The following is a brief trip into the future. Most of these details are sourced from another blog which I happened to come across. Complete credit to the author, whose URL I am not publishing here.
My wedding will hopefully be a grand affair as always with South Indian weddings. The proceedings of the actual wedding ceremony starts on the previous morning. (The preparations have started at least 2 months in advance). In the olden days (when my parents and in-laws got married), the marriage functions lasted 4 days. As the years have gone by, owing to the constraints of time and space, the functions are now conducted over two days. The main reason is the unavailability of marriage halls and the high rents for them. There are halls charging rent up to Rs 1 lakh per day, the reasonable ones being about Rs. 30000 to 50000. And hey, in today’s jetsetting day and age, I am not too sure who has the time and patience to attend a wedding which rambles on for 4 long days.
The marriage will take place in a reasonably famous marriage hall of Trichur with separate rooms for the bride’s and groom’s party and spacious hall for the ceremonies with an attached kitchen and dining hall.
Day 1 – The day prior to the wedding We, ie, the groom’s party are expected to arrive at the hall around 10 AM on the day prior to the wedding, by when some immediate family members of the bride would have arrived to make sure that the hall was ready and the marriage contractor had made all arrangements.
We will be received at the entrance by the parents of the bride and other elders with trays laden with fruits, coconuts, flowers, betel leaves and nuts, to the obligatory nadaswaram recital. Aarti of the groom was done by the prospective mother-in-law and the bridegroom was garlanded by the bride’s brother. The bride’s brother and bridegroom’s sister occupy special positions in Tamil Iyer marriages. The paternal aunts and the maternal uncles and their wives also have to play important roles.
The first ritual is Vigneswara Pooja, seeking the Blessings of the Lord for the successful accomplishment of the ceremony without impediment, followed by Punyaha Vachanam, followed by Pandakkal puja. This is sanctifying the pole of the tent to be raised in front of the hall (in the olden days, the marriages were conducted in large tents, put up in front of the house) for the smooth conclusion of the function.
Vratham follows which is a resolution taken by the parents of the bride and groom, separately, to conduct the marriage of their daughter/son with the blessings of the Almighty and the elders present. A “yellow thread” sanctified by vedic mantras is tied on the wrist of both the bride and groom by their respective fathers to symbolize the resolution, which is knows as Kangan dharan. There is a belief that after the kangan dharan, nothing can stop the marriage function. There is also a popular saying, “Kanganam kattindu erukkan,” to indicate how determined a person is about something. If the jathaka karma and namakarana have not been performed for the girl as per vedic rites earlier in their lives, they are performed now.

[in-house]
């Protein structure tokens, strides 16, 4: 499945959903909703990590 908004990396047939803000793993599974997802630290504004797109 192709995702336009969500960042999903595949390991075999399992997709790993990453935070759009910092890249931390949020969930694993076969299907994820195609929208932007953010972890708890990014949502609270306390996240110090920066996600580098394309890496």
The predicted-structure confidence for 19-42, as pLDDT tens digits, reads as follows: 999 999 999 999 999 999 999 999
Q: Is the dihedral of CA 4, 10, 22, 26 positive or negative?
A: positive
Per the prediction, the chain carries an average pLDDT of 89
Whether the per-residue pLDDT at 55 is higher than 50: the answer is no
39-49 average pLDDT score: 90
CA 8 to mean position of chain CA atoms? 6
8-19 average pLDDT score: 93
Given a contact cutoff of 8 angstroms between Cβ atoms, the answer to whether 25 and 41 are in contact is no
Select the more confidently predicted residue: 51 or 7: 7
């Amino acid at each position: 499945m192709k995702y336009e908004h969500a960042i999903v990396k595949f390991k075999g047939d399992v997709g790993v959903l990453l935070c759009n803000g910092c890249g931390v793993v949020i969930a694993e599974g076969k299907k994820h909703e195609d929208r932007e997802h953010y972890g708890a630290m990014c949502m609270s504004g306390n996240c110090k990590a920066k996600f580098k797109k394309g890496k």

There is a ritual of sowing nine varieties of seeds by 5 sumangalis in five small earthen bowls filled with soil which are watered for 3 days, by which time the seeds would have sprouted, which indicates good progeny for the family. The sprouts are then immersed in running water or a well. Naandi will be performed by the groom’s father, seeking the blessings of the ancestors for the smooth conduct of the ceremony. This almost concludes the morning ceremonies.
All this time, the guests are busy catching up with friends and relatives and generally making a lot of noise.
One thing you observe in south Indian weddings is the rich brocaded silk sarees and elaborate jewellery worn by the women. One can see the latest designs both in sarees and jewellery there. One can also easily identify the immediate family members of the both the bride and groom by the richness of the sarees worn by the women. There is a practice of presenting the immediate family members with silk sarees/dhothies.
In my wedding, the groom’s parents have selected shirts of the same pattern for around 7 cousins of the groom. They deserve to be complimented for the time and effort spent in planning and selecting the shirts, sarees and even clothes for the children in the family. On the wedding day, it should be quite a sight to see all of my male cousins in the same shirt. These days, usually owing to the different tastes of the youngsters, we don’t see such uniformity in selection of the dresses.
The evening programs should probably start around 6.30 pm, with Janavasam and Mapillai Aiyazhpu. The groom is usually taken on a procession to the nearest temple. This was an elaborate function in the olden days when the groom was taken in a procession that included members from both parties around the village.
In later years, in towns and by the rich, the groom was made to sit in an open car and taken around. Here he went up to the gate of the hall, where there is an idol of Lord Vigneswara. This was followed by the Mapillai Aiyazhpu, when the groom is officially welcomed to the entire occassion. Both the bride and groom are presented with gifts from the parents of each other. The bride is usually given a rich silk saree and some jewellery by the groom’s parents and the groom is usually presented with a suit by the bride’s father.
Usually this is the time the bride’s party gets busy with making kolams or rangoli for the next day’s marriage and getting other things ready. These days, the marriage contractor takes care of everything including the kolams and flowers and garlands.
Shall post details of the actual wedding day itself in my next post.